Sleep patterns are often totally disrupted by technology addiction. Technology addicts use their devices or the Internet 40 to 80 hours per week, or they might go on “net binges” in which a single session can last up to 20 hours or more. Given that there are only 168 hours in a week, using technology this much will nearly always result in sleep disruption. Being sleep deprived can impact academic or work performance and even weaken one’s immune system (Rosen, 2015). Adolescents’ use of the computer, including the use of computer-mediated communication, has been related to disruptions in sleep. A study of computer use in relation to adolescents’ sleep quality, perceived health, and tiredness upon awakening found that for young adolescent boys, intensive computer use was associated with less sleep and more irregular sleep, which in turn related to poorer perceived health (Shapiro, 2013). One of the reasons that I wanted to do my essay on this topic and how it is related to health, is a technology game that came out in 2016. The game was called Pokemon Go, and there were many incidents that involved people getting hurt or getting killed because their attention was more focused on “catching” various Pokemons. People were walking out in traffic, walking into walls, and there was even an incident where two men were killed when they accidently walked off a cliff even when there were warning signs posted. I believe that being addicted to your phones and devices can have a major impact on your health. I can say that I have indulged a few times at playing Internet games over a long period of time. The result was just like was stated above, I was tired and cranky the next day and it was hard for me to keep focused while at work and school. Internet and social media addiction does play a part in how our health is affected.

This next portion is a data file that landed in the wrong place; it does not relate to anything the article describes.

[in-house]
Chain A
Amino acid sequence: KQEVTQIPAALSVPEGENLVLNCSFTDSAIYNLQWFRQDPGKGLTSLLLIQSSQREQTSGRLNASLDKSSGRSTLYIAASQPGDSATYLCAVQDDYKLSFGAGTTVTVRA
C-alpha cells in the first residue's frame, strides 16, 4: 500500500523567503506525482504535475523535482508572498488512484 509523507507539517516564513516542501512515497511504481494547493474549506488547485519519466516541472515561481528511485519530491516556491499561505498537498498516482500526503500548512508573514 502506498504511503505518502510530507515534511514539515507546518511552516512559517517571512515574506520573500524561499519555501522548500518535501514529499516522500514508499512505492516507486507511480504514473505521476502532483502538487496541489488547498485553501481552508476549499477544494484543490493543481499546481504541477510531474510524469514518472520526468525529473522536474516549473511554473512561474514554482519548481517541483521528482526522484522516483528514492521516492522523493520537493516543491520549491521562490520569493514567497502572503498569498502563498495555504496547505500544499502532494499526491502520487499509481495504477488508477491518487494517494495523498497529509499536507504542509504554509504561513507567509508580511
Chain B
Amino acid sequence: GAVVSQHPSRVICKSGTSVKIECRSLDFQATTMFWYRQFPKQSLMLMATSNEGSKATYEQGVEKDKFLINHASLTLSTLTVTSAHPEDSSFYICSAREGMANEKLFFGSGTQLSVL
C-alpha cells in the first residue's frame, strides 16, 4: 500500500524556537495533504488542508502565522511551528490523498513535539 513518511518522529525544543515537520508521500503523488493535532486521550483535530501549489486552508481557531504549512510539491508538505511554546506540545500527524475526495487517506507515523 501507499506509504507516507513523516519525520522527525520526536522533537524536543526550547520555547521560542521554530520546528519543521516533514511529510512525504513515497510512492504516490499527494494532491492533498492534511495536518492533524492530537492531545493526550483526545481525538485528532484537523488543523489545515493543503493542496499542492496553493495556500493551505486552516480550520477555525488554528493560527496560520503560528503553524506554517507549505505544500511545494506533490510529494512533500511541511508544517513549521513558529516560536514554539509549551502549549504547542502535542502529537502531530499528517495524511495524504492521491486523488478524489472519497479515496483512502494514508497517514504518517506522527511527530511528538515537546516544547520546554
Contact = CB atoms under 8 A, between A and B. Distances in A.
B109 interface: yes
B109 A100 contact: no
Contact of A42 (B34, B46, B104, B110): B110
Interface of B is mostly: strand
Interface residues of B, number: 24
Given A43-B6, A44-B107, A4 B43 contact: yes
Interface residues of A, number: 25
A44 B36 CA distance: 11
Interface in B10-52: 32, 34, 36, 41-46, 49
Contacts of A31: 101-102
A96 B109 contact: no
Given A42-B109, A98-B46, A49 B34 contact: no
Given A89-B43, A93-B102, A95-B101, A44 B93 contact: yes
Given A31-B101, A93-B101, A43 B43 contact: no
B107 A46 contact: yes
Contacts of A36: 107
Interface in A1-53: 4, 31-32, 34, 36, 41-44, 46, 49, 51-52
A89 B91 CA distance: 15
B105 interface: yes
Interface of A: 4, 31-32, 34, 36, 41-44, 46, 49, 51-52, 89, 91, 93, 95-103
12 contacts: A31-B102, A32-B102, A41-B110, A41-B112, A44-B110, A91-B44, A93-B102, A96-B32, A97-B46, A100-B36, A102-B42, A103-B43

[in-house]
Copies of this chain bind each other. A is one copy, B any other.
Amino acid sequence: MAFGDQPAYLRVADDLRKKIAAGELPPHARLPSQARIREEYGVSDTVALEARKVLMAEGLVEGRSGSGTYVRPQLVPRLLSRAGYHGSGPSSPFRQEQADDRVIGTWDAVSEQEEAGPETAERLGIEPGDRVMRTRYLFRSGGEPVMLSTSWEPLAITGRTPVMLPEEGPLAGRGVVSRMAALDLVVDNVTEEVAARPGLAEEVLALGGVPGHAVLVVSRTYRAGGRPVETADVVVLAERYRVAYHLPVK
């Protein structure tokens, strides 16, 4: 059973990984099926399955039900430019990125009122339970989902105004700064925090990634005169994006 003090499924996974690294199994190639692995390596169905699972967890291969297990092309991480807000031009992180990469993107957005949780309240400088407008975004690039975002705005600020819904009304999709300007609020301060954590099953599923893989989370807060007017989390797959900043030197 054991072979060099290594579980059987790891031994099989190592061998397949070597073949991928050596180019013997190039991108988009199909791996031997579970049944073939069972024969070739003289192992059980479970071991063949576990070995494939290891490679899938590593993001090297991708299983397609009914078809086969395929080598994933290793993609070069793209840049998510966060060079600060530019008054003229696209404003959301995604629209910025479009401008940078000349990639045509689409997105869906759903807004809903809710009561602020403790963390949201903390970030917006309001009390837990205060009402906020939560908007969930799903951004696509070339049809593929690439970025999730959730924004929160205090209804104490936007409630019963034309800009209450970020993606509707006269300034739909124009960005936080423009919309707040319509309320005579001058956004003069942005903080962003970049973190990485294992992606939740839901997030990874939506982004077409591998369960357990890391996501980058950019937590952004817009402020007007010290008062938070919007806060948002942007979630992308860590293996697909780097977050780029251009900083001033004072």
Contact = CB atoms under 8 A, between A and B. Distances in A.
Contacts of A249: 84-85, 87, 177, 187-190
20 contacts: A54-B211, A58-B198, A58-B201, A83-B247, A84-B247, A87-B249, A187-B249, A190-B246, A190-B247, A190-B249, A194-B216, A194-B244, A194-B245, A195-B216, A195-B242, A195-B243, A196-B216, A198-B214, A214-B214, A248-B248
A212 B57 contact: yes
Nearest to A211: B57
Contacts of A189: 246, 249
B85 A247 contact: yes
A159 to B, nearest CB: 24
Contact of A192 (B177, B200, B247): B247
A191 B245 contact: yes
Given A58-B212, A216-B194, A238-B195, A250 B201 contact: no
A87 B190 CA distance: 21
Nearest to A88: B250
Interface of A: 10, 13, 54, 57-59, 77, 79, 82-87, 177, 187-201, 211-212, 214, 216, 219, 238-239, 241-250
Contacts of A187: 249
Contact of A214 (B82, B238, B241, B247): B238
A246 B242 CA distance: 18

We live in a technological world in which we are always communicating and yet we have sacrificed conversation for mere connection. We turn away from each other and toward our phones. But to empathize, to grow, to love and be loved, to take the measure of ourselves or of another, to fully understand and engage with the world around us, we must be in conversation. Our passion for technology tempts us away from face-to-face conversation, but conversation is a cornerstone for empathy as well as for democracy; it sustains the best in education and in business it is good for the bottom line. Face-to-face conversation is the most human-and-humanizing-thing we do. Fully present to one another, we learn and listen. It’s where we experience the joy of being heard, of being understood. But these days we find our way around conversation. We hide from each other as we’re constantly connected to each other (Turkle, 2015).